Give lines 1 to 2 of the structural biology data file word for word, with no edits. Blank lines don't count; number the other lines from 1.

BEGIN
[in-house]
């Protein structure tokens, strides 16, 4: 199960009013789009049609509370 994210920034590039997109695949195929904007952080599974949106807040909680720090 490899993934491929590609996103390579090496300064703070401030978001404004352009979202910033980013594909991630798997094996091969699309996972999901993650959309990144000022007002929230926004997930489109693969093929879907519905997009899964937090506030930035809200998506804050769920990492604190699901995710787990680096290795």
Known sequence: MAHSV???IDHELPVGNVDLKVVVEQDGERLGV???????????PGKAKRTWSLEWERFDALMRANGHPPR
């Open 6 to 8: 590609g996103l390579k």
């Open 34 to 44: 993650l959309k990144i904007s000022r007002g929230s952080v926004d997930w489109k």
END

[in-house]
């Protein structure tokens, strides 16, 4: 199960009013789009049609509370 994210920034590039997109695949195929904007952080599974949106807040909680720090 490899993934491929590609996103390579090496300064703070401030978001404004352009979202910033980013594909991630798997094996091969699309996972999901993650959309990144000022007002929230926004997930489109693969093929879907519905997009899964937090506030930035809200998506804050769920990492604190699901995710787990680096290795």